CONRAD — For nearly 10 years Vanessa Bucklin of Conrad had obsessed about qualifying for the Boston Marathon.
She has completed 12 marathons and three ultra-marathons over the course of her running career, but still needed to check off that one big box on her list. She was able to run in Boston in 2015 after being invited due to her husband qualifying. However, only being there by invitation was not enough for Bucklin and she wanted to do it on her own.
“I felt like an imposter running on invitation instead of qualifying,” she said.
In 2019, Bucklin ran a marathon in Billings with hopes of reaching that qualifying time. She was confident that this marathon would be the one for her to finally qualify but things took a bad turn during the race. By the time Bucklin had gotten to mile 19, she was throwing up and losing out on time. By the time she was able to get back to her feet, she just wanted to finish the race in which she did.
Following the 2019 race, she had began training for the next Marathon in April of 2020. After running countless miles and focusing her mind on the task before her, the marathon was canceled two weeks before it was supposed to take place due to the pandemic. Bucklin didn’t get another shot at qualifying until 2022.
Since not running or training for a full marathon in two years, Bucklin had to add strength training to her workout regiment to prevent injury. In June of 2021, when she decided to join the next year's marathon, she went all in and dedicated everything she had to getting ready to run her next 26.2 miles.
“The demands of training for a marathon and the mileage you have to put in is a lot,” Bucklin said. “I’m a mother of three kids and a business owner so it’s a lot of time and energy. Just to complete the running training is a lot, but the game changer for me was definitely the strength training so I had to incorporate that and just make the time for it.”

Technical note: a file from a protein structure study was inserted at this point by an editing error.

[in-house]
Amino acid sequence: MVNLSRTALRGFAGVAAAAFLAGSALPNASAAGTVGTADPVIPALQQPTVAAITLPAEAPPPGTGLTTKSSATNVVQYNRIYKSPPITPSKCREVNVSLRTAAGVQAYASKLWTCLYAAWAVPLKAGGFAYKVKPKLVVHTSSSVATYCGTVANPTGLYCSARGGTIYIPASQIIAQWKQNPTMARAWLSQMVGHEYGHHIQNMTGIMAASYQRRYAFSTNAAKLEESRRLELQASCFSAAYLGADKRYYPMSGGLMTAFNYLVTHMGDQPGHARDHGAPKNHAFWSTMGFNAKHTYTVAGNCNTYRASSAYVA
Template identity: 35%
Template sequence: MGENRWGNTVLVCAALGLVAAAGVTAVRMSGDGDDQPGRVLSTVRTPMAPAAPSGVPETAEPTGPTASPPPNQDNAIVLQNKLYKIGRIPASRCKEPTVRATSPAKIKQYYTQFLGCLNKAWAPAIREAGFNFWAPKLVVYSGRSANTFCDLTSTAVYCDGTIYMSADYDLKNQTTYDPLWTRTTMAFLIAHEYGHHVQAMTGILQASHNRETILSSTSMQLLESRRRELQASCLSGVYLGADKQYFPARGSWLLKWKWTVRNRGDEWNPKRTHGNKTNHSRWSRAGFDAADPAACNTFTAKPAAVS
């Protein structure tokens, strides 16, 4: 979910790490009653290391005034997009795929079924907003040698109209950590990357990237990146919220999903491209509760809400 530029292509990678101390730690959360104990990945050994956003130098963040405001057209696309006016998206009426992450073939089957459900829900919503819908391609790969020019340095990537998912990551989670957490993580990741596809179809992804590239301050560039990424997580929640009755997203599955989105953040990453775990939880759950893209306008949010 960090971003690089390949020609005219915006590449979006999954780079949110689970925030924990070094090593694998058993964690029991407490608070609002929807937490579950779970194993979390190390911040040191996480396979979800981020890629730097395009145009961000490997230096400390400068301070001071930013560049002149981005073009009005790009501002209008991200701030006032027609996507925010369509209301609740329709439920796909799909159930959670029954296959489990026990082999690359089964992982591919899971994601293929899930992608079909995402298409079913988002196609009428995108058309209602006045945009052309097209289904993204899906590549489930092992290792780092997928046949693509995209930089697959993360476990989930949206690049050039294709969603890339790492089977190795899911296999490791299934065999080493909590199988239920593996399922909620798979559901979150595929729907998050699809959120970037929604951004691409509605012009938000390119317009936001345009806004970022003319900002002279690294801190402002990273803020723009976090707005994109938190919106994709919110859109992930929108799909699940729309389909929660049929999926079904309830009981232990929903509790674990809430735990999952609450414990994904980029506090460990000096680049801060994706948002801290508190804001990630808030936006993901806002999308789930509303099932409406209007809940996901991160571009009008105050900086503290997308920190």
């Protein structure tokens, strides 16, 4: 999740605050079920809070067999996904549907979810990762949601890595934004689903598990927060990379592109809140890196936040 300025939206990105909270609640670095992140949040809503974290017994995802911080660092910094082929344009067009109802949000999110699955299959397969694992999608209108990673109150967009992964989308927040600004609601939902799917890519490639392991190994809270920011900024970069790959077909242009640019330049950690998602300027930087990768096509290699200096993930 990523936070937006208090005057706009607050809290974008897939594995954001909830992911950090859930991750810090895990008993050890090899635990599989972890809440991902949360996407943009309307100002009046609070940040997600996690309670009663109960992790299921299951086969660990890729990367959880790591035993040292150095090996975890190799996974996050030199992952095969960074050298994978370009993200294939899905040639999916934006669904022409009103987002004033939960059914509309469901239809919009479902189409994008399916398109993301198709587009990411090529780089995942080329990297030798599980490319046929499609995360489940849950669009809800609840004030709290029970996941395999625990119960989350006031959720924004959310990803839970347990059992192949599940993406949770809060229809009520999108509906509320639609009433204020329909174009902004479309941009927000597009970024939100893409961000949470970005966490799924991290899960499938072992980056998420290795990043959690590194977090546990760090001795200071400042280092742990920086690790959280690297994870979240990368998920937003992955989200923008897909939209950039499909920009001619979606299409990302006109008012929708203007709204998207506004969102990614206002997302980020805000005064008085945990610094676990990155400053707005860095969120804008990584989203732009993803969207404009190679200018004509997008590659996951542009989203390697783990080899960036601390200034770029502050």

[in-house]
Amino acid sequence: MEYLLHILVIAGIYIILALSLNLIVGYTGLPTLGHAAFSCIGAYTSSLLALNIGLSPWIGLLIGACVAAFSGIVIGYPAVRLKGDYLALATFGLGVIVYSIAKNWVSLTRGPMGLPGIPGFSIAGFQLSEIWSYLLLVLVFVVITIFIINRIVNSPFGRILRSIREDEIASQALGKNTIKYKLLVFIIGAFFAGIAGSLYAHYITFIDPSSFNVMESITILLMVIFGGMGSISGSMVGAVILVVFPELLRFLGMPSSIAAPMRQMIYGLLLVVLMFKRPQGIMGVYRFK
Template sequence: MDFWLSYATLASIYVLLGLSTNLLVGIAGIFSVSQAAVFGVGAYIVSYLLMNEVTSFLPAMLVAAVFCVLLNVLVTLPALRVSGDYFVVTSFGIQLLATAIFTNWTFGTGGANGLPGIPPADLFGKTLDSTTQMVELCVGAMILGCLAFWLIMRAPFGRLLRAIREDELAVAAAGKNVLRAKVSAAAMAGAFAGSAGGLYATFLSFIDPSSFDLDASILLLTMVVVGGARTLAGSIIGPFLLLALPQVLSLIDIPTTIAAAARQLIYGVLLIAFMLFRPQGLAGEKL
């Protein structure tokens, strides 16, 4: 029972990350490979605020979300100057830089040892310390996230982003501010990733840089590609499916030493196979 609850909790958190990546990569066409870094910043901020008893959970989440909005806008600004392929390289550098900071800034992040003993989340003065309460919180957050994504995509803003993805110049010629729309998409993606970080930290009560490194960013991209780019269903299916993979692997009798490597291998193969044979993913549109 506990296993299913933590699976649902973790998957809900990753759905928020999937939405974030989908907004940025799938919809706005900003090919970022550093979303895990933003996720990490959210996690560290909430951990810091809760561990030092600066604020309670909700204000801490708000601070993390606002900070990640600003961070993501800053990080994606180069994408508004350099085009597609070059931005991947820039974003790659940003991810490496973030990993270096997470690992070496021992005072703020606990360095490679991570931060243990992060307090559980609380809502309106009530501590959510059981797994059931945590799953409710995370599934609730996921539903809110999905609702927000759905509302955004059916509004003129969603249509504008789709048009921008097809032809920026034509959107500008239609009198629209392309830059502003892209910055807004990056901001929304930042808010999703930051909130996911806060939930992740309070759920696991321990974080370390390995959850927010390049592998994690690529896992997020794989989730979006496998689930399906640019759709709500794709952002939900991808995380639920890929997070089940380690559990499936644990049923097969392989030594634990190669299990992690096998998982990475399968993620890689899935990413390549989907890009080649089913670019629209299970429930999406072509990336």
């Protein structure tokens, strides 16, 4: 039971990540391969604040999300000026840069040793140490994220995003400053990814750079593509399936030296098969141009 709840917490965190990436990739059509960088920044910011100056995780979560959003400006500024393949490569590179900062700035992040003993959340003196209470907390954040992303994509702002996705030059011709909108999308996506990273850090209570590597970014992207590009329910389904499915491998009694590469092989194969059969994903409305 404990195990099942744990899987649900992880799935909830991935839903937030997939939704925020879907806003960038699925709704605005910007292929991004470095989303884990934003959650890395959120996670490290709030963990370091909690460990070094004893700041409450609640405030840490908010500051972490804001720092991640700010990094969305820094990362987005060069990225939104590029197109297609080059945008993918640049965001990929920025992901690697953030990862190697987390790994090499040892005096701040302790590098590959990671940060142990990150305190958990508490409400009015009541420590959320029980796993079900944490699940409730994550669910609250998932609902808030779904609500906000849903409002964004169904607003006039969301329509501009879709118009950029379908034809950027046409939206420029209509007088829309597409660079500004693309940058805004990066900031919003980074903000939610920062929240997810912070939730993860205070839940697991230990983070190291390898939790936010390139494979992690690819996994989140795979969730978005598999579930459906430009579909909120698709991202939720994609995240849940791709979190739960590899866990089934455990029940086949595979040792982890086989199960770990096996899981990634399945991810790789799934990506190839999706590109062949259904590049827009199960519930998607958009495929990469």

Following the completion of her training, it was time for her to run in the Light at the End of the Tunnel event in Washington. Adrenaline and excitement were not the only things keeping her awake the night before the race as she was slowly developing a nasty cough and a stuffy nose.
Bucklin showed up to the race not feeling well but kept her spirits high and remained positive. It proved to be effective as she finished the race with a qualifying time of 3 hours, 34 minutes, 19 seconds.
“It was the best moment. It was such a relief. It was almost ten years in the making, and training is so much time and energy. I thought about the relief and all the people that made it happen because it takes a community,” Bucklin said.
Five months after qualifying for the Boston Marathon, Bucklin underwent a major surgery that had her sidelined for three months. She was just cleared in February to run only a half mile, making her training a lot more condensed. During the past two months she was only able to build up to a 20 mile mark, which was short of her goal. Despite having the setback not feeling like she won’t run her best race, she is still happy to be able to run at all.
“Boston is the celebration of how far you’ve come and where you’re at. You don’t have anything else to prove at that point. Qualifying is the hard part and now it’s just going to be the celebration of how far I’ve come,” she said.
Bucklin will be running in the Boston Marathon on Monday with all of her family there to support her.